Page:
Understanding Plans and Specs
To properly interpret plans or blueprints, the inspector must have a thorough understanding of how to read plans in general. This skill can only really be developed by reading many sets of plans from different types of construction projects.
The sections and details are sometimes the most difficult to master, but they are the more important parts of the plans. The details must be matched carefully with the main sections of the plans, and also with the plan views and elevations. As the inspector studies the plans, he must visualize how each section and detail will fit in the completed building.
Just as a traveler must rely on a key to understand how to read a map, a schedule is shown in a box on the plans for the inspector to see. The schedule contains a complete list of symbols and abbreviations that are used throughout the set of plans. A door schedule will show the length, width and thickness of each door, the type of each door, and the material of which it is made. A window schedule lists all the windows by number or letter. It gives the type, quantity, material, size, model number and rough-out opening for each window. A room finish schedule lists each room and the materials to be used on the walls, ceilings, floors and trim.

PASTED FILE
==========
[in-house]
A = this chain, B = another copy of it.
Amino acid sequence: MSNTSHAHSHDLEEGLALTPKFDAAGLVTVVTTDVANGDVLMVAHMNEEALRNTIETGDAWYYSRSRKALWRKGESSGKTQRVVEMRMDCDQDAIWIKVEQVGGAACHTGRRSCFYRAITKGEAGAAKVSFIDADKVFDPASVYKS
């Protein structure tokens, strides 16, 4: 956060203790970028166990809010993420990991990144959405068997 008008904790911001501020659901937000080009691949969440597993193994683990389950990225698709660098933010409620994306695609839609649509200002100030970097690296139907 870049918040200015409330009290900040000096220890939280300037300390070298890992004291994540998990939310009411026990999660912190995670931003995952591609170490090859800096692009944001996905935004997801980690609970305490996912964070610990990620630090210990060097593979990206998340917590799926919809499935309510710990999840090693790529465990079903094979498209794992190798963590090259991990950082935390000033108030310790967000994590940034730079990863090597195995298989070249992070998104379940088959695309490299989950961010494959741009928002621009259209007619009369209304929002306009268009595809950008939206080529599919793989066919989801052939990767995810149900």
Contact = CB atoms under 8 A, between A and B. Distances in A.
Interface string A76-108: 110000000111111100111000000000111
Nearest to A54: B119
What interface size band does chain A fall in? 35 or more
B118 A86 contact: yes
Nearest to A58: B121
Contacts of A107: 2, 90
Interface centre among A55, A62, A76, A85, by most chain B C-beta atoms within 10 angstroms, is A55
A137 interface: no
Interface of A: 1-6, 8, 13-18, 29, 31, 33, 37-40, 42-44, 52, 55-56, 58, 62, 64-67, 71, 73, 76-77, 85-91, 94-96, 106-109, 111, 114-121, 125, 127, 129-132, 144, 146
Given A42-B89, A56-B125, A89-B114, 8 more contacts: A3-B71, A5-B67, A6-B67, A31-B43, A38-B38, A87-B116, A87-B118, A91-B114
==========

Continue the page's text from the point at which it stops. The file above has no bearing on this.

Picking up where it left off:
The schedules may have notes containing important information. General notes are found on the plans and must be read carefully; they will not appear anywhere else on the plans or specs. Most general notes appear on the first page of the plans.
Symbols, abbreviations and notes are used on plans to save time and space in making up the plans and to improve their clarity. They are used extensively on all types of plans. They usually are not difficult to interpret, except that sometimes an architect may use a different meaning for a particular abbreviation or symbol. That is why it is important that each architect furnish a schedule of all the symbols and abbreviations used throughout the set of plans.
The working plans and specifications should contain all the necessary information to build the structure. Everyone concerned with and involved in the construction of a building should read and interpret them to learn the exact requirements of the job. There should be no need for guessing. All answers must be substantiated from information gleaned from the plans and specifications.
Each person on the job must be able to read the parts that pertain to his or her work or trade, as well as have an overall sense of how the other trades will contribute to the construction. Cooperation between different trades is essential because one trade’s efforts are affected by those of the other trades, in most instances. When all trades work together in harmony, a building is completed in a most efficient manner.